Should Shareholders be involved in Complex IT Decisions?
Dead. The server was dead. As a result, during the next four days 2,300 Delta Airlines flights were cancelled, with thousands of passengers affected. Yet another blow had been struck to the traditional IT model.
The issue was a fire(!) in an in-house data center causing a massive outage as the internal systems failed to cope. Gary Leff, a specialist in airline-loyalty programs, said it is a miracle that the systems work so well most of the time, given that they are legacy systems grafted onto other legacy systems, meaning airlines can’t possibly be fully prepared for every circumstance that could cause a problem.
“Use the cloud!” I hear you all scream
It is true that the use of a cloud platform such as AWS or Azure with clever and heavy use of automation software would most likely have solved the underlying hardware issues. Unfortunately though, this is not the base issue.
As pointed out in the excellent Economist article, airlines and banks were the earliest users of electronic ticketing and banking systems. The result of this early adoption is that many of their systems are old, complex, hard to maintain and upgrade. This makes them very costly to replace. If these companies wanted to move to the cloud, a full scale replacement of the application(s) would be required. Replacing an airline backend system would most likely cost several billion and take 5+ years. This is a massive decision and a complex undertaking.
The flip side
Airlines may of course be out-innovated if they don’t upgrade and therefore remain unable to serve their customers in the manner that is expected in the 21st century. As a result, they may eventually go bust altogether.
British Airways announced on Thursday 1 September that it would cut back on the ‘Business Class only’ flights to New York, after having launched the service to compete with the likes of JetSmarter, Wheels Up and Surf Air. This further underlines the point that, without biting the bullet, traditional airlines relying on antiquated systems may suffer real deterioration in shareholder value unless more robust action is taken.
What’s the problem?
Are the really big decisions being taken? Are company executives able to secure long term shareholder value and guarantee a sustainable business model?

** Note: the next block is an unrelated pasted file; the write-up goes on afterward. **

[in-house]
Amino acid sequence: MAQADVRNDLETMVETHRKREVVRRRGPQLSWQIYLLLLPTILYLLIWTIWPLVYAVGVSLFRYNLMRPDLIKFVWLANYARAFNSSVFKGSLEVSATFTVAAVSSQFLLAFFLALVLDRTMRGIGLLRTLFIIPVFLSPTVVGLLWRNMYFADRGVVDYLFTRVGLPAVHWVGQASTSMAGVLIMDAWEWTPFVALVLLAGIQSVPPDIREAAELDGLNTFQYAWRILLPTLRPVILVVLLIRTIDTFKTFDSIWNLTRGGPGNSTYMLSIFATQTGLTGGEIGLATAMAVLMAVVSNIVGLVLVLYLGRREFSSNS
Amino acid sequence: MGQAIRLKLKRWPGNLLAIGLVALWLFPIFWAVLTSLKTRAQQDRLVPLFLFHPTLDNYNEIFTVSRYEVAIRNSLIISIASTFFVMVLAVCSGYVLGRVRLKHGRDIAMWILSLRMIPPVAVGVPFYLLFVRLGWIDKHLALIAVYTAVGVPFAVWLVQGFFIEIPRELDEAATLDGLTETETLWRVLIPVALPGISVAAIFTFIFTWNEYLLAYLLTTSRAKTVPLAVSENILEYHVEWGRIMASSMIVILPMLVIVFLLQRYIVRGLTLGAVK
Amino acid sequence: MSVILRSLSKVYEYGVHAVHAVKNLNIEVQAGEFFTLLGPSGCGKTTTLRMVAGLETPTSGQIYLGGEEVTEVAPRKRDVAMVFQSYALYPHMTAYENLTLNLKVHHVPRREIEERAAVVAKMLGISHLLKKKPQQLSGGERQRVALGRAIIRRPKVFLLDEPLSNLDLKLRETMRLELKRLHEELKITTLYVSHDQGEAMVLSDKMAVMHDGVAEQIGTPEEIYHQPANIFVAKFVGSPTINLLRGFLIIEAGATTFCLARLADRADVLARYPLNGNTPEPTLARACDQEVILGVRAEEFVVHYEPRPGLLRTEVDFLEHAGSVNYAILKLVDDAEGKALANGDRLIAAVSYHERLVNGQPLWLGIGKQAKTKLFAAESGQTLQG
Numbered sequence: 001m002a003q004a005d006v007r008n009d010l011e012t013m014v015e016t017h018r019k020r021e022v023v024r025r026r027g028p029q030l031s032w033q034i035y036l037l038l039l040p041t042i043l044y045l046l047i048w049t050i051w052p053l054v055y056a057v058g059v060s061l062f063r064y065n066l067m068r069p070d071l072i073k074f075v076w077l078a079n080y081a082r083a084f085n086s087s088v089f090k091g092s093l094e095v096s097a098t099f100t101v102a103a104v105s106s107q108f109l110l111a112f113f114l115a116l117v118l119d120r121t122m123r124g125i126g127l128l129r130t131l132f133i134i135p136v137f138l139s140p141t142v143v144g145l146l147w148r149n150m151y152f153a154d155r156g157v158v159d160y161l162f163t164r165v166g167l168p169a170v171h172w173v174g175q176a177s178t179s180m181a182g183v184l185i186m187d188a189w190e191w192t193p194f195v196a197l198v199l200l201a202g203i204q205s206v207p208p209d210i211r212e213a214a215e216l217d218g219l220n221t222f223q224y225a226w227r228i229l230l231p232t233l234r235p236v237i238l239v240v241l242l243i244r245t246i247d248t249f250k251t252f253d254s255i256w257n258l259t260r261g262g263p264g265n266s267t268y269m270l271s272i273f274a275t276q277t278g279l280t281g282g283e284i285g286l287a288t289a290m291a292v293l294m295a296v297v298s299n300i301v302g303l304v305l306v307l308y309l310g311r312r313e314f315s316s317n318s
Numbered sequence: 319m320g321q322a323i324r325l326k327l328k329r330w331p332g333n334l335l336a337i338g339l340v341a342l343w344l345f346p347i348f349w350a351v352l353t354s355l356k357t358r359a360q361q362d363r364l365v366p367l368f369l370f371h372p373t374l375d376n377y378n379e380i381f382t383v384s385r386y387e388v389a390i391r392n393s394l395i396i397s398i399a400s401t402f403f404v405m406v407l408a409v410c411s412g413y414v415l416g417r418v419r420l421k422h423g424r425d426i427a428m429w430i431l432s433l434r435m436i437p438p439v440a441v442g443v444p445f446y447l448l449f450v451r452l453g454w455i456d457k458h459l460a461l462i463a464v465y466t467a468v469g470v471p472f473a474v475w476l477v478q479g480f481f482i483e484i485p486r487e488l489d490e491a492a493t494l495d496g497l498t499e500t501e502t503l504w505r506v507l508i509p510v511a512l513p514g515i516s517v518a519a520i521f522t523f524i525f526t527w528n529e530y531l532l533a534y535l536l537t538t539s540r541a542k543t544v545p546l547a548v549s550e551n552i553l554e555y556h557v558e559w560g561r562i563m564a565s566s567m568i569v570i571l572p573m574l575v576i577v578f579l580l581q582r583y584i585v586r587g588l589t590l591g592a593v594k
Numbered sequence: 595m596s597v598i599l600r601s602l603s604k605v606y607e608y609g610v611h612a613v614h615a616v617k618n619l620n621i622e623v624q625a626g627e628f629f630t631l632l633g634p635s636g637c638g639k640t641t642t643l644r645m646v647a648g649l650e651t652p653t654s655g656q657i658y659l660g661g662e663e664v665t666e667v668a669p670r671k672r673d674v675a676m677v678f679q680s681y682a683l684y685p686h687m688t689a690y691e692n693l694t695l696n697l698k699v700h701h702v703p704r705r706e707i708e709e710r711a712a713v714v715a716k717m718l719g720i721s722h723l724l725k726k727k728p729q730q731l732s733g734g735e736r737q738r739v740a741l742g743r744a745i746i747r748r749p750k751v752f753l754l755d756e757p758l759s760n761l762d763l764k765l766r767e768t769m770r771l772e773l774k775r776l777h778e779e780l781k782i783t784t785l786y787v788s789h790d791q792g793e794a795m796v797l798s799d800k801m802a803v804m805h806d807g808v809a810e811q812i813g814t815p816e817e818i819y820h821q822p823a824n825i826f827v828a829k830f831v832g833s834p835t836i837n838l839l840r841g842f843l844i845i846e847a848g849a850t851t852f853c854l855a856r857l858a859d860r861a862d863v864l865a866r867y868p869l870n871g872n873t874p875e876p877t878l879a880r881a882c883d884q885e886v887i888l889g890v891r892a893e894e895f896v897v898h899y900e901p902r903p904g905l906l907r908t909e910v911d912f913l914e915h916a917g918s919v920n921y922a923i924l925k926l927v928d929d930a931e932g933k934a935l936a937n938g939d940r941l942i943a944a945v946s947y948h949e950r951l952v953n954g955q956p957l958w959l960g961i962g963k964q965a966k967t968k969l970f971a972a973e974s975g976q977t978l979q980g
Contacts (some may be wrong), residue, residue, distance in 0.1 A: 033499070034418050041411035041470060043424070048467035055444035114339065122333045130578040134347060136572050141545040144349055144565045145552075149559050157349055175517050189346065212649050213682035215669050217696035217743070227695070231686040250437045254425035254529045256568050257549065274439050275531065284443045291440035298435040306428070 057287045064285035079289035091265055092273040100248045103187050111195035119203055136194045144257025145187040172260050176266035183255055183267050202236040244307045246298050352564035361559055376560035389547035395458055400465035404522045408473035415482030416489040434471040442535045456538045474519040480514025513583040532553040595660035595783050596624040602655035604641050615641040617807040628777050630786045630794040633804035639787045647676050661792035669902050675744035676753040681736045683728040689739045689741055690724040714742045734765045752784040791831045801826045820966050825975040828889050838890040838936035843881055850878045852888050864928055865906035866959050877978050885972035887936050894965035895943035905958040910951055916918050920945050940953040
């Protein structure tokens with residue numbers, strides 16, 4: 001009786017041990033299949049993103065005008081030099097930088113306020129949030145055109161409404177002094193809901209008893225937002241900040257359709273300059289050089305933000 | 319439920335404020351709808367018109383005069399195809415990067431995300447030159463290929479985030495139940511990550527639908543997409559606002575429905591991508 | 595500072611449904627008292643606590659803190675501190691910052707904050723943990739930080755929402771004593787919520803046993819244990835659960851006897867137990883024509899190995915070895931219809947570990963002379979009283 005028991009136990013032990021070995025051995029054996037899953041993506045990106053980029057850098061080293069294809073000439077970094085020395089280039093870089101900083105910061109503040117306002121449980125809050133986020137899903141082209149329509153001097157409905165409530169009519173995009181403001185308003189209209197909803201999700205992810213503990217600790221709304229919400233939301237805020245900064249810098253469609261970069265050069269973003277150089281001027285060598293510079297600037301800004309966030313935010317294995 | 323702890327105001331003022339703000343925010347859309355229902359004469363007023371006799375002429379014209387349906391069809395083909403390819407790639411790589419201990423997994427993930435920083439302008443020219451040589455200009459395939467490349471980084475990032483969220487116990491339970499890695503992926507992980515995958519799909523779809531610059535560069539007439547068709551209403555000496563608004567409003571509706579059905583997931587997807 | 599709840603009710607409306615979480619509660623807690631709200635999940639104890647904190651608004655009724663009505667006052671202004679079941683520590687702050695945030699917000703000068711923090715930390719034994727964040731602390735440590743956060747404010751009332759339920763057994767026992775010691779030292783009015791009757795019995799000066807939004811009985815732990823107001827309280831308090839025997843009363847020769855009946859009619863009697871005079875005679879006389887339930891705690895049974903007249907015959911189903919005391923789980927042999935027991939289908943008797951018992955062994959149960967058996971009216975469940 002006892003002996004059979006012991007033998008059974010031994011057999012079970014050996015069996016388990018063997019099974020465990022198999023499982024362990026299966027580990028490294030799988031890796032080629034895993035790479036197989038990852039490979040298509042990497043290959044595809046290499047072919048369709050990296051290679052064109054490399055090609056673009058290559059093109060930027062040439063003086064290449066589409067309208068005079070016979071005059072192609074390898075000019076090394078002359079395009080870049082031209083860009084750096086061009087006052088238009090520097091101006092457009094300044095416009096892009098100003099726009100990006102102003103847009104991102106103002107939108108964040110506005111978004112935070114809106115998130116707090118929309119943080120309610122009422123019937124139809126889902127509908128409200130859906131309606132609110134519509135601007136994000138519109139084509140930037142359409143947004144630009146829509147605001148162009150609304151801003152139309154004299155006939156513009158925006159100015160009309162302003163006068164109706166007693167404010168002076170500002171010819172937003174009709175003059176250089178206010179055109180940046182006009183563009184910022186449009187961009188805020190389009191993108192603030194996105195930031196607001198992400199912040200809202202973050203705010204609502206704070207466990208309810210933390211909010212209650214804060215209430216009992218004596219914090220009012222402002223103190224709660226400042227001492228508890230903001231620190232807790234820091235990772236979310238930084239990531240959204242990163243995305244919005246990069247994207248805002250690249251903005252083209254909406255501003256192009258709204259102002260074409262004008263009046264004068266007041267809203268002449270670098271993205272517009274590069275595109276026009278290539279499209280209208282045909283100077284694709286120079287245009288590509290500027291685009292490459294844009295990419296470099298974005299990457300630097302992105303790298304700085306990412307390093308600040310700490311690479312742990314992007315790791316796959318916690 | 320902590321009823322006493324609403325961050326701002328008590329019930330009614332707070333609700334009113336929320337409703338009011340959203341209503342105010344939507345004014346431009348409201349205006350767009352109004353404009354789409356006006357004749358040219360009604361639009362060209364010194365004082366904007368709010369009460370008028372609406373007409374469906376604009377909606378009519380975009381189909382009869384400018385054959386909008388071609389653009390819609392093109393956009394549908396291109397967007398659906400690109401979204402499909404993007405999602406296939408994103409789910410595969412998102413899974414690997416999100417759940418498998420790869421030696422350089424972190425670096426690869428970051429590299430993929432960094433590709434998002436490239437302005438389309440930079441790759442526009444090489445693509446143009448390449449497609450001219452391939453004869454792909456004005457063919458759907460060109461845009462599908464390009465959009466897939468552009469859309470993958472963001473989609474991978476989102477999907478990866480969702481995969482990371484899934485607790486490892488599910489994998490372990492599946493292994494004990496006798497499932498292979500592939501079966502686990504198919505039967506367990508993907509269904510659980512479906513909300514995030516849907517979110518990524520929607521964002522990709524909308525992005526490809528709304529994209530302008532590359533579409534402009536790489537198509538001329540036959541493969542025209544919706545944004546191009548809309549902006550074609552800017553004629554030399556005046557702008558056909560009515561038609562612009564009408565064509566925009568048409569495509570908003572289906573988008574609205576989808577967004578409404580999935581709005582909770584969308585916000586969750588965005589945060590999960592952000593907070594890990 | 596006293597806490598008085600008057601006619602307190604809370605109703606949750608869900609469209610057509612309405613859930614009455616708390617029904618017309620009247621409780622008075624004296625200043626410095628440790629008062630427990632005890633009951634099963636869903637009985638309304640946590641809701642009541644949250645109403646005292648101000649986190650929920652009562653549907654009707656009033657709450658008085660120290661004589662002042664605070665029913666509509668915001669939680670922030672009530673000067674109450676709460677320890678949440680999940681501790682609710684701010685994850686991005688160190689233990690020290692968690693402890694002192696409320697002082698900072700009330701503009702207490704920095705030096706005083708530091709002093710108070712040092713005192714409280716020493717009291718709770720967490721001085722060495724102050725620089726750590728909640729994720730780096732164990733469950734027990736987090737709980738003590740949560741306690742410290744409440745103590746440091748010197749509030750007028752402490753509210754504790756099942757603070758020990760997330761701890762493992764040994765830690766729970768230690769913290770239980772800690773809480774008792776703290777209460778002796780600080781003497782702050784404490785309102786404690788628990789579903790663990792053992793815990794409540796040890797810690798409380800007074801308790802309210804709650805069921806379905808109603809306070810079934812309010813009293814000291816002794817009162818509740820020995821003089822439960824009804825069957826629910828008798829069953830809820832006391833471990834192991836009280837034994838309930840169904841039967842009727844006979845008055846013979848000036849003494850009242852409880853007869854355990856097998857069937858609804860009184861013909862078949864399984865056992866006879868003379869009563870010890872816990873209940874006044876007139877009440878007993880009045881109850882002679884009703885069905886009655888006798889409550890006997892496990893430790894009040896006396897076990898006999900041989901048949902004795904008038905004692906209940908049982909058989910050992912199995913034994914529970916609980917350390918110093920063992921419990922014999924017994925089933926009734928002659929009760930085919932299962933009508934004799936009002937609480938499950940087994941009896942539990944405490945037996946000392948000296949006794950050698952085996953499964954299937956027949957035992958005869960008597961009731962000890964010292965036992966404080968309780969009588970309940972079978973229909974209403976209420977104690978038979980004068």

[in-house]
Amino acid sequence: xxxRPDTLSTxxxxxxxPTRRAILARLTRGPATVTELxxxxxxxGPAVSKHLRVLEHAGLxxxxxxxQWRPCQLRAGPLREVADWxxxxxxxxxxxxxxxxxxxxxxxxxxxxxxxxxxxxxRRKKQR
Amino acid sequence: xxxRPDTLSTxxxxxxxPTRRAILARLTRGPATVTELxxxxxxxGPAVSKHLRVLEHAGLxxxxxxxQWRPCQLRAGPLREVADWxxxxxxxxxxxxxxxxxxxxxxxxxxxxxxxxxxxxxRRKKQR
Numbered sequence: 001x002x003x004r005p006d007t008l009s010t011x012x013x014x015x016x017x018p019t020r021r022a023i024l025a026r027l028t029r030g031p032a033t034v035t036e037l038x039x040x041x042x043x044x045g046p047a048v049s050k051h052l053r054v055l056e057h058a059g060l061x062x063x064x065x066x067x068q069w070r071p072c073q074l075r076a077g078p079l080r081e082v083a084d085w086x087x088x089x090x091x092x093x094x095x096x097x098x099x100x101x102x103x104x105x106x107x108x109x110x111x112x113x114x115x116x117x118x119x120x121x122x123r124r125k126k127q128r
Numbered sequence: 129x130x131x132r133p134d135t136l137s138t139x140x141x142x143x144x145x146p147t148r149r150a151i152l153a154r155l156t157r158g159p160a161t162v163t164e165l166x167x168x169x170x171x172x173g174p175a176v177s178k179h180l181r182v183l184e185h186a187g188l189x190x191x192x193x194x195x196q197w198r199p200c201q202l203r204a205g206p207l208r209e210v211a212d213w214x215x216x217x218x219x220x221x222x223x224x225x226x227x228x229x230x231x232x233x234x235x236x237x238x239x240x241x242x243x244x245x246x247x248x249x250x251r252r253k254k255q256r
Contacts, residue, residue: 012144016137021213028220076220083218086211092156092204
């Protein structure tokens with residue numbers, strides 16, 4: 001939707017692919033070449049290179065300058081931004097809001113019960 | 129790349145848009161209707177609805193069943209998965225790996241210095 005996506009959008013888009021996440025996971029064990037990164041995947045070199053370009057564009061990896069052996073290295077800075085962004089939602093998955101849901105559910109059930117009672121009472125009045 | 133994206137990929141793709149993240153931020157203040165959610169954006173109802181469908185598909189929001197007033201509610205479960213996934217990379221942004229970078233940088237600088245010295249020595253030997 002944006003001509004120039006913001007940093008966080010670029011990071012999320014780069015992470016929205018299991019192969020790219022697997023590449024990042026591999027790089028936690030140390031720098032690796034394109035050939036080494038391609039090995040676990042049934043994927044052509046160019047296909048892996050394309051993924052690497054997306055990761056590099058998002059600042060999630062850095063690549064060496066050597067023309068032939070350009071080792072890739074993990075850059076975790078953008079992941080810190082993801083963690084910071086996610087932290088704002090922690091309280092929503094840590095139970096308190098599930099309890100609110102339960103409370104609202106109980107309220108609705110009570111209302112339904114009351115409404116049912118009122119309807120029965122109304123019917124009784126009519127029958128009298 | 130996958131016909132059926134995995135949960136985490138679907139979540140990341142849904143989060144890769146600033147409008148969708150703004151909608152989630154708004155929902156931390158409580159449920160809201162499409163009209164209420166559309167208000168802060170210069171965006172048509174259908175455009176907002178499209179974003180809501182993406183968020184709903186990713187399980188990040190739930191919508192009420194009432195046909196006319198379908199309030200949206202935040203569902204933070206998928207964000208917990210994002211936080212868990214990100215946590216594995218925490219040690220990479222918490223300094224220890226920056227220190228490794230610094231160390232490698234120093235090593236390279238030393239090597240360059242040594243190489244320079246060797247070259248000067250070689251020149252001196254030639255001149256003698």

Research shows that the professional life span of a banking or airline CEO is not long enough to incentivise them to undertake the massive risks and challenges of moving to a new software platform (5+ years and longevity). ‘Too much risk’ they say…
Who ultimately pays the price for a non-decision?
The answer is shareholders of course. Those who are committed for extended periods of time will eventually lose out. The logical follow on question is, should shareholders take a more active role in complex IT decisions, freeing the CEO / executive team from such responsibility?
You might argue that the CEO’s interests are linked to those of shareholders, since they should also be a shareholder themselves, and their pay should be linked to share price and shareholder value. Whilst this is true in theory, in the majority of cases these rewards are still heavily skewed towards the CEO’s performance in the short term, not the longer term.
Besides this, too many CEOs today, across all industries, park the responsibility of IT at the CIO’s/CTO’s door as if IT is just a supporting function. In the world of sharing economy, IoT and general digitalisation, this is a strategy fraught with dangers.
A long term vision is vital for survival
The opportunity for transformation presented by cloud and open source technologies threatens most, if not all, industries out there. Running a business is no longer just a case of strong accounting and governance practices; there is now a much stronger focus on the innovation and creation of new products and services. This focus is no longer just required to address market opportunity. It is now a matter of survival.
Unfortunately, shareholders in most cases also take a short term view, especially when companies are listed. This is perhaps why a lot of companies struggle in the long term, unless they operate in industries protected by significant barriers to entry. The sharing and gig economies are turning most industries on their head.
If shareholders truly care about the company they’ve invested in, they should perhaps take a closer look at complex IT decisions which secure long term shareholder value. If they don’t, but hold onto their shares, they will eventually be the real losers in all of this.